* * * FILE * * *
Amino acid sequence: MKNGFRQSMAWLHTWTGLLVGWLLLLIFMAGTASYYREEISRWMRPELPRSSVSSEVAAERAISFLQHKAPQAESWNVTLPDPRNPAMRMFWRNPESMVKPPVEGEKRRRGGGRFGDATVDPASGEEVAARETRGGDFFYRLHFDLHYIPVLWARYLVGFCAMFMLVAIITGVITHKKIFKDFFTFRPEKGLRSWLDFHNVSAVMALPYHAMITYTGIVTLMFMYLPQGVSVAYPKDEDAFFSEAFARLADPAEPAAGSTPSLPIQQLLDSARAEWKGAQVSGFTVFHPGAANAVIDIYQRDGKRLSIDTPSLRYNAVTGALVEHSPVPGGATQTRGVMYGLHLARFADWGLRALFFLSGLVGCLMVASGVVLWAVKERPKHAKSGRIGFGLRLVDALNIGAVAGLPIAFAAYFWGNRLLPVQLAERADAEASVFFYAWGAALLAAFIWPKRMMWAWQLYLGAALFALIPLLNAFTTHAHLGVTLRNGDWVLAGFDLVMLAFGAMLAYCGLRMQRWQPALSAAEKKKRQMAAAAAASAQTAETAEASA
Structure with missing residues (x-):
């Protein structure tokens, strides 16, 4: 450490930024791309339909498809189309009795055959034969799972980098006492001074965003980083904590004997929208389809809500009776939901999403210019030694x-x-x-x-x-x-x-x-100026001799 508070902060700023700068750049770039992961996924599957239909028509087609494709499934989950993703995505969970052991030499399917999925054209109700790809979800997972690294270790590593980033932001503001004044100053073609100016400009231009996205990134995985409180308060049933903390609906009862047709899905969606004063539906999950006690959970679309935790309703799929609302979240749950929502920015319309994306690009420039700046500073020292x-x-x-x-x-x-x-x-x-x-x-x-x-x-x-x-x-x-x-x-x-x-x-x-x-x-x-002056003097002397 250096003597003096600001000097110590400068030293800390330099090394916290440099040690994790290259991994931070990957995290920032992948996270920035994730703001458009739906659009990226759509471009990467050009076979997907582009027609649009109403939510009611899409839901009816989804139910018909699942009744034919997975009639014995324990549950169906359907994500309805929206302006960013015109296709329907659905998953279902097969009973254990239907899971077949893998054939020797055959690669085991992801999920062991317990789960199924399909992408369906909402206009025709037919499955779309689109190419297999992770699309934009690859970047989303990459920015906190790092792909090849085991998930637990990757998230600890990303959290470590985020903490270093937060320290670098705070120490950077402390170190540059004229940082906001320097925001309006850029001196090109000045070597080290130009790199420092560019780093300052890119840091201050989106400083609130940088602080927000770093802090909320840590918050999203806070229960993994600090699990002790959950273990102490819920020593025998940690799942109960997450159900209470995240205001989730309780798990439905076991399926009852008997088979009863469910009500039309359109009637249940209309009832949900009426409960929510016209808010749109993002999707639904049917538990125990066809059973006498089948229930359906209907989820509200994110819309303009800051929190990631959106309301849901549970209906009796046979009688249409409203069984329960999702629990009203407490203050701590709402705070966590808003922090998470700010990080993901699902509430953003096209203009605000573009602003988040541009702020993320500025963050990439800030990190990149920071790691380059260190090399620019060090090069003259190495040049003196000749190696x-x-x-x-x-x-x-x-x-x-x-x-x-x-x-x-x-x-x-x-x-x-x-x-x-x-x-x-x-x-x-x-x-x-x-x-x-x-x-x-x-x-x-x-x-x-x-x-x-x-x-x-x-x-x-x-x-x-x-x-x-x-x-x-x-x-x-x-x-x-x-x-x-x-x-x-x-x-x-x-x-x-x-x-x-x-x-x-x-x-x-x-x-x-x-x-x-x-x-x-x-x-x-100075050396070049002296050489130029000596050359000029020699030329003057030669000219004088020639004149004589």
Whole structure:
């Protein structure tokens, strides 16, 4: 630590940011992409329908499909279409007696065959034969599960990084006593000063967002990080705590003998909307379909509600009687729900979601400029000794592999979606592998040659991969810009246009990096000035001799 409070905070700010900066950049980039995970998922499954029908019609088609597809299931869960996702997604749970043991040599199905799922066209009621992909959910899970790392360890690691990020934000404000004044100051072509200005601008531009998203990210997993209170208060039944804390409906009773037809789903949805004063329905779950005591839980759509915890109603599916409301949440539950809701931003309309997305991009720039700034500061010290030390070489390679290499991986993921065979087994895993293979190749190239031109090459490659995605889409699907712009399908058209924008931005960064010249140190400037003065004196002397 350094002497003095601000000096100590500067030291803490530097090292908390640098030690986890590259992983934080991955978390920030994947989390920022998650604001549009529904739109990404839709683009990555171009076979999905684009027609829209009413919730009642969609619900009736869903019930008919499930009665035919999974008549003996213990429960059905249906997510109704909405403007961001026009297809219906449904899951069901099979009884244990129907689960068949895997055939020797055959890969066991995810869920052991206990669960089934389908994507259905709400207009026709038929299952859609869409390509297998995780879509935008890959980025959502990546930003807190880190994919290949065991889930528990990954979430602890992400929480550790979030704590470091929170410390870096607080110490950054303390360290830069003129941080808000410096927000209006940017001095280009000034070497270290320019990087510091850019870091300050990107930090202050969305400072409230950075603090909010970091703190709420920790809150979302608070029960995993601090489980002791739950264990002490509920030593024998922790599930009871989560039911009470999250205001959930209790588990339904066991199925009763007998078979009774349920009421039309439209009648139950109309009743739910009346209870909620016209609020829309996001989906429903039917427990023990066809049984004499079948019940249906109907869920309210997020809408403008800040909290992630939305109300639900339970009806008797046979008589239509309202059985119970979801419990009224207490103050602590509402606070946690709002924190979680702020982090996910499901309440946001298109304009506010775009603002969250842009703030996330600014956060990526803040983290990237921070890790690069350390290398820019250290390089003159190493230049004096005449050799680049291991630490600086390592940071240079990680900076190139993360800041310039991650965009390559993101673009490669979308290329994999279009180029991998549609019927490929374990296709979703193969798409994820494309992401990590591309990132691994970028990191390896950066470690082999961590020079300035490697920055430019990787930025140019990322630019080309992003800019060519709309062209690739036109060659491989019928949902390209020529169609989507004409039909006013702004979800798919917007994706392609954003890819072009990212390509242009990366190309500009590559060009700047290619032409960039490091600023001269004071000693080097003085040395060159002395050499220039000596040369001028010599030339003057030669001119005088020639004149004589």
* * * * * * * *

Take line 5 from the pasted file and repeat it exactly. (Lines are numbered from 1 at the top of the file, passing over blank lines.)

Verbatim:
């Protein structure tokens, strides 16, 4: 630590940011992409329908499909279409007696065959034969599960990084006593000063967002990080705590003998909307379909509600009687729900979601400029000794592999979606592998040659991969810009246009990096000035001799 409070905070700010900066950049980039995970998922499954029908019609088609597809299931869960996702997604749970043991040599199905799922066209009621992909959910899970790392360890690691990020934000404000004044100051072509200005601008531009998203990210997993209170208060039944804390409906009773037809789903949805004063329905779950005591839980759509915890109603599916409301949440539950809701931003309309997305991009720039700034500061010290030390070489390679290499991986993921065979087994895993293979190749190239031109090459490659995605889409699907712009399908058209924008931005960064010249140190400037003065004196002397 350094002497003095601000000096100590500067030291803490530097090292908390640098030690986890590259992983934080991955978390920030994947989390920022998650604001549009529904739109990404839709683009990555171009076979999905684009027609829209009413919730009642969609619900009736869903019930008919499930009665035919999974008549003996213990429960059905249906997510109704909405403007961001026009297809219906449904899951069901099979009884244990129907689960068949895997055939020797055959890969066991995810869920052991206990669960089934389908994507259905709400207009026709038929299952859609869409390509297998995780879509935008890959980025959502990546930003807190880190994919290949065991889930528990990954979430602890992400929480550790979030704590470091929170410390870096607080110490950054303390360290830069003129941080808000410096927000209006940017001095280009000034070497270290320019990087510091850019870091300050990107930090202050969305400072409230950075603090909010970091703190709420920790809150979302608070029960995993601090489980002791739950264990002490509920030593024998922790599930009871989560039911009470999250205001959930209790588990339904066991199925009763007998078979009774349920009421039309439209009648139950109309009743739910009346209870909620016209609020829309996001989906429903039917427990023990066809049984004499079948019940249906109907869920309210997020809408403008800040909290992630939305109300639900339970009806008797046979008589239509309202059985119970979801419990009224207490103050602590509402606070946690709002924190979680702020982090996910499901309440946001298109304009506010775009603002969250842009703030996330600014956060990526803040983290990237921070890790690069350390290398820019250290390089003159190493230049004096005449050799680049291991630490600086390592940071240079990680900076190139993360800041310039991650965009390559993101673009490669979308290329994999279009180029991998549609019927490929374990296709979703193969798409994820494309992401990590591309990132691994970028990191390896950066470690082999961590020079300035490697920055430019990787930025140019990322630019080309992003800019060519709309062209690739036109060659491989019928949902390209020529169609989507004409039909006013702004979800798919917007994706392609954003890819072009990212390509242009990366190309500009590559060009700047290619032409960039490091600023001269004071000693080097003085040395060159002395050499220039000596040369001028010599030339003057030669001119005088020639004149004589």